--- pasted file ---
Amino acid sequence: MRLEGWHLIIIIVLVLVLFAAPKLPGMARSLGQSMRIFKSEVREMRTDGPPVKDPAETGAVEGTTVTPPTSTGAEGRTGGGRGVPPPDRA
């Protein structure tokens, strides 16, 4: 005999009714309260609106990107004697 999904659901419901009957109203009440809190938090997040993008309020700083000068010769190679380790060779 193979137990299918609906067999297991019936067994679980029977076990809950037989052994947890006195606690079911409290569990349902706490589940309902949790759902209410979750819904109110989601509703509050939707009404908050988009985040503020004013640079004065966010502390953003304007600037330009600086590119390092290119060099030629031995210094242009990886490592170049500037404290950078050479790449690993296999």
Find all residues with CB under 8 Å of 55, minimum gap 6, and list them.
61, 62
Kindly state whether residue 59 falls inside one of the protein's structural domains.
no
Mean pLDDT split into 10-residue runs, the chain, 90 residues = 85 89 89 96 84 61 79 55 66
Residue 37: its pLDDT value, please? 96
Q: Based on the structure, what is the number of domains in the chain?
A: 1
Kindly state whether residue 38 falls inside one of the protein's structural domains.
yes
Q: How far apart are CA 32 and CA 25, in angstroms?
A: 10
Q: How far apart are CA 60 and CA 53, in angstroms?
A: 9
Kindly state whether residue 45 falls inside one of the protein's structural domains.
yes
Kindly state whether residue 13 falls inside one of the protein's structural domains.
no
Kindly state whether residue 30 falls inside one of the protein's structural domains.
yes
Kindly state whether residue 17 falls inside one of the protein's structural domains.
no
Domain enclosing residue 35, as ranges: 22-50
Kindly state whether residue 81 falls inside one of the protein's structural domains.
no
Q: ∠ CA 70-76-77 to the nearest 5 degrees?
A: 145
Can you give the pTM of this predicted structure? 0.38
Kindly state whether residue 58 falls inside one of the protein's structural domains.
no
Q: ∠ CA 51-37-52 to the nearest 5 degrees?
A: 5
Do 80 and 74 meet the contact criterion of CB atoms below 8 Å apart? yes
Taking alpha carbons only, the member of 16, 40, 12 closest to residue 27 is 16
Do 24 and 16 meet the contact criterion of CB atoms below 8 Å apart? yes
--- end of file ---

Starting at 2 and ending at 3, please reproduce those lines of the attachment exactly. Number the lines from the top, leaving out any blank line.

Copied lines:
């Protein structure tokens, strides 16, 4: 005999009714309260609106990107004697 999904659901419901009957109203009440809190938090997040993008309020700083000068010769190679380790060779 193979137990299918609906067999297991019936067994679980029977076990809950037989052994947890006195606690079911409290569990349902706490589940309902949790759902209410979750819904109110989601509703509050939707009404908050988009985040503020004013640079004065966010502390953003304007600037330009600086590119390092290119060099030629031995210094242009990886490592170049500037404290950078050479790449690993296999």
Find all residues with CB under 8 Å of 55, minimum gap 6, and list them.